Good point Poet.  If Americans are like Germans, it looks like it's going to be Super Speedway USA until gas hits $10+ per gallon!

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rhare
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Wasteful attitudes - a measure of currency failure?
Will wrote:

I guess my primary complaint is our generally wasteful attitudes in the US, which I see accelerating me, you, and everyone toward the date with destiny where life rapidly gets alot harder.  If we would all just slow down and conserve NOW, we could buy some time and postpone the inevitable to some degree.

Sorry if I was a bit touchy about the regulation part.  The problem with wasteful attitudes in the US I believe comes from the completely distorted prices of so many goods due to subsidies, monetary policies, etc.  I don't think you will see any type of correction in attitudes until we solve those issues.  I think the wasteful attitude of so many is a clear sign of currency failure - it means the money is no longer representative of the work required to produce.  So perhaps it's not so much the attitude of people that are the problem, rather the tool peole in the US use to measure the scarcity of resources.

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Poet
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People Will Still Pay
rhare wrote:

I think the wasteful attitude of so many is a clear sign of currency failure - it means the money is no longer representative of the work required to produce.  So perhaps it's not so much the attitude of people that are the problem, rather the tool peole in the US use to measure the scarcity of resources.

We currently mine ore/oil out of the ground, extract, refine-form-press... for  one-time-use. Think of cheap drinks or food (soda cans, plastic bottles, stew/soup/luncheon meat cans, etc). There's a reason people trash things of all kinds that in the old days would involve poor people with hand carts going door-to-door (rag pickers, bottle collectors, scrap metal, "night soil"). They can afford to.

I would say it's the same with oil. There are many millions off millionaire families in the U.S. alone. They and those who make six figures likely will continue to drive as they do - even when gasoline jacks up to $10 or $15 per gallon. (By the way, just look at the cost in Turkey or Norway.) Although by then, you'll see a lot more busing, carpooling, cycling, walking, and telecommuting than you see today. The rural poor might even include horses or pony carts in the mix.

Poet

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james_knight_chaucer
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View from the UK

Roads here are so congested that it is difficult to sustain a speed over 60 during daylight hours. I have always stuck to 60 during 30 years of driving. Occasionally on the motorway I come up behind a supermarket lorry that says it is restricted to 52mph. This isn't the law, but the action of the supermarket.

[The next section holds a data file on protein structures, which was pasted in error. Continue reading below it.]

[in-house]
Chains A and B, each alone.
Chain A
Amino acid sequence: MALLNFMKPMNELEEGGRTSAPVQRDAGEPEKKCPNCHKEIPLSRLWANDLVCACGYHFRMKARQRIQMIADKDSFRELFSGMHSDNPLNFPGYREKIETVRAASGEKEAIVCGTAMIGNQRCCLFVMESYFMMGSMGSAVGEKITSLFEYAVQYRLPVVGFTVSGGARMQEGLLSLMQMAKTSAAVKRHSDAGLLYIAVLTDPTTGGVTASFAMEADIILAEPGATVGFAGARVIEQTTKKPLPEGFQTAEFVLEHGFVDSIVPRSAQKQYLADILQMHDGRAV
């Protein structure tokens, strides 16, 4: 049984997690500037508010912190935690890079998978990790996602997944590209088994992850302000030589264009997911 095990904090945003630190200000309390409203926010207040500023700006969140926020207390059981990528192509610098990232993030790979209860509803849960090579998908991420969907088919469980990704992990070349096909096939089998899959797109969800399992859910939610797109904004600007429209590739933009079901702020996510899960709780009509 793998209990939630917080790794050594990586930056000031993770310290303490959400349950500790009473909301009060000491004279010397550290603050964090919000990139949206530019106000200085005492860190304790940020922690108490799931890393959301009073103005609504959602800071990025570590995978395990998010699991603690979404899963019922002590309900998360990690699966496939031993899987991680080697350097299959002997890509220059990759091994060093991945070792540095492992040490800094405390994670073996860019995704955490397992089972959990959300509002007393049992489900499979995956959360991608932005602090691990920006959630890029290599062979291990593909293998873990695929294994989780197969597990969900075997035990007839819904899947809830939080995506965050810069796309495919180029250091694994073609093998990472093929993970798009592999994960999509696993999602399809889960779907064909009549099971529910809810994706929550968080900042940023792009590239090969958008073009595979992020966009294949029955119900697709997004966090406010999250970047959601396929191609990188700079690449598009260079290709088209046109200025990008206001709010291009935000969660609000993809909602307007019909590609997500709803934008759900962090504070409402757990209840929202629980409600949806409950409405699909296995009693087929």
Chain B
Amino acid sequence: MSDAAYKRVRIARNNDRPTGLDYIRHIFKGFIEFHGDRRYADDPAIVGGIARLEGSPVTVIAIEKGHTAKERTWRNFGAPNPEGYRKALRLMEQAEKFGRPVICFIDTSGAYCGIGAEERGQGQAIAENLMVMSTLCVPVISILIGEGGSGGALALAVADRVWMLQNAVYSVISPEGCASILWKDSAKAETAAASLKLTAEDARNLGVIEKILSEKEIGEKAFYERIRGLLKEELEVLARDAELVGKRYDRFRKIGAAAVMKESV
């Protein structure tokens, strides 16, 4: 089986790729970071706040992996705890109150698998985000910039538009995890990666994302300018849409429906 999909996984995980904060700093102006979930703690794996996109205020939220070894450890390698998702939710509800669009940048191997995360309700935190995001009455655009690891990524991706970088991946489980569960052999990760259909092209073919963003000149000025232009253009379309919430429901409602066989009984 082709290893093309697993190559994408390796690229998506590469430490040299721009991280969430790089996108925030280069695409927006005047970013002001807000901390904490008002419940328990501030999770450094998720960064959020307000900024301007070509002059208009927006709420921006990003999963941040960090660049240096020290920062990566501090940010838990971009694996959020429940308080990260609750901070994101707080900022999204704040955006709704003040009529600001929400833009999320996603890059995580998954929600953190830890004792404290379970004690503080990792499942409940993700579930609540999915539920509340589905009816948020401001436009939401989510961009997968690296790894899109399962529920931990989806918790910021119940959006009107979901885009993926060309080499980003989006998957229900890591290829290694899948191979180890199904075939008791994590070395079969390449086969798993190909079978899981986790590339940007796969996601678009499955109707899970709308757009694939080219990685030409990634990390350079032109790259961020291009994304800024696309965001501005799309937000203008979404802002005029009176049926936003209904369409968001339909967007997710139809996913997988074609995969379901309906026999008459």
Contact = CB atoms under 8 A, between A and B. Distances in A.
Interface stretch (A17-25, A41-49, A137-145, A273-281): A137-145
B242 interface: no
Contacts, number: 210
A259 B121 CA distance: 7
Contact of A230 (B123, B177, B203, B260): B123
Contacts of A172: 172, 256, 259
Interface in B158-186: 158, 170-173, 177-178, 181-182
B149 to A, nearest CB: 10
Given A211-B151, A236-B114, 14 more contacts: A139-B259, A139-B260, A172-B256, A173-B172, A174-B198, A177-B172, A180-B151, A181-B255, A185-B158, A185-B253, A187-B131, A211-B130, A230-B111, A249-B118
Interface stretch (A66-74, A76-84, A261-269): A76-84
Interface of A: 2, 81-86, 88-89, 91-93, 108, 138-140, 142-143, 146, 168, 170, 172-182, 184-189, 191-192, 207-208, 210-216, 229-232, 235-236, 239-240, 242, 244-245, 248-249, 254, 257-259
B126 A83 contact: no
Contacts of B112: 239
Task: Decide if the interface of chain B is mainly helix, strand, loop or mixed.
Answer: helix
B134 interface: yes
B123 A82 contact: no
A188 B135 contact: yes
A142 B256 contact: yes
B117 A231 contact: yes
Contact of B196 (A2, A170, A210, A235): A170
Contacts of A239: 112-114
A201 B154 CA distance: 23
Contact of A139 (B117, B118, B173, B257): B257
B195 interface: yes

Last year we kicked out our dictatorial Labour Government. They had in mind to restrict A roads to 50mph, and around town to 20mph. This was ostensibly to save fuel, but does not consider that the cars will not be in top gear at 20mph.

Last week I paid £1.495 per litre for BP Ultimate Diesel. I make that $9.45 per US gallon.

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Poet
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$9.45 Per US Gallon In The UK
james_knight_chaucer wrote:

Last week I paid £1.495 per litre for BP Ultimate Diesel. I make that $9.45 per US gallon.

James Knight Chaucer

Sir. Care to tell us what you drive, what kind of mileage you have, and how many miles or kilometers you drive in a typical week?

Poet

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james_knight_chaucer
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Poet
Poet wrote:
james_knight_chaucer wrote:

Last week I paid £1.495 per litre for BP Ultimate Diesel. I make that $9.45 per US gallon.

James Knight Chaucer

Sir. Care to tell us what you drive, what kind of mileage you have, and how many miles or kilometers you drive in a typical week?

Poet

Hi Poet,

Yes, I have a 2006, 1560cc diesel Citroen C5. Driving carefully, it does around 55 miles per imperial gallon. (Around 46 miles per US gallon.) I drive around 160 miles per week

Regards

James

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rhare
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People routinely drive 85-100 mph, 75 is the legal limit.
james_knight_chaucer wrote:

Roads here are so congested that it is difficult to sustain a speed over 60 during daylight hours.

NM is about 30% larger than the UK with 1/30th the population.  There are quite a few roads where you can see where you'll be in an hour!  Perhaps the photos make it easier to understand why people like to drive 85+ around here. Cool

The following photo is from Santa Fe, looking south to Albuquerque.  The Speed limit on this section of I-25 is 75mph (65 in Albuquerque & Santa Fe).  The mountain in the background is 40 miles away.  Quite a few people commute between the two cities (about 60 miles).  The picture is of the construction of a new commuter train that was put in in the last few years. 

 

 

I believe this picture is NM-285 outside Espanola looking north to Colorado (a bit of a guess).

Yes, high fuel prices will cause quite a bit of grief around here.

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Poet
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james_knight_chaucer
james_knight_chaucer wrote:
Poet wrote:
james_knight_chaucer wrote:

Last week I paid £1.495 per litre for BP Ultimate Diesel. I make that $9.45 per US gallon.

James Knight Chaucer

Sir. Care to tell us what you drive, what kind of mileage you have, and how many miles or kilometers you drive in a typical week?

Poet

Hi Poet,

Yes, I have a 2006, 1560cc diesel Citroen C5. Driving carefully, it does around 55 miles per imperial gallon. (Around 46 miles per US gallon.) I drive around 160 miles per week

Regards

James

James

Okay, so if my calculations are correct, you spend about USD$140 per month on fuel. My wife and I spend around USD$200. I can see why you went with a very fuel-efficient car.

Poet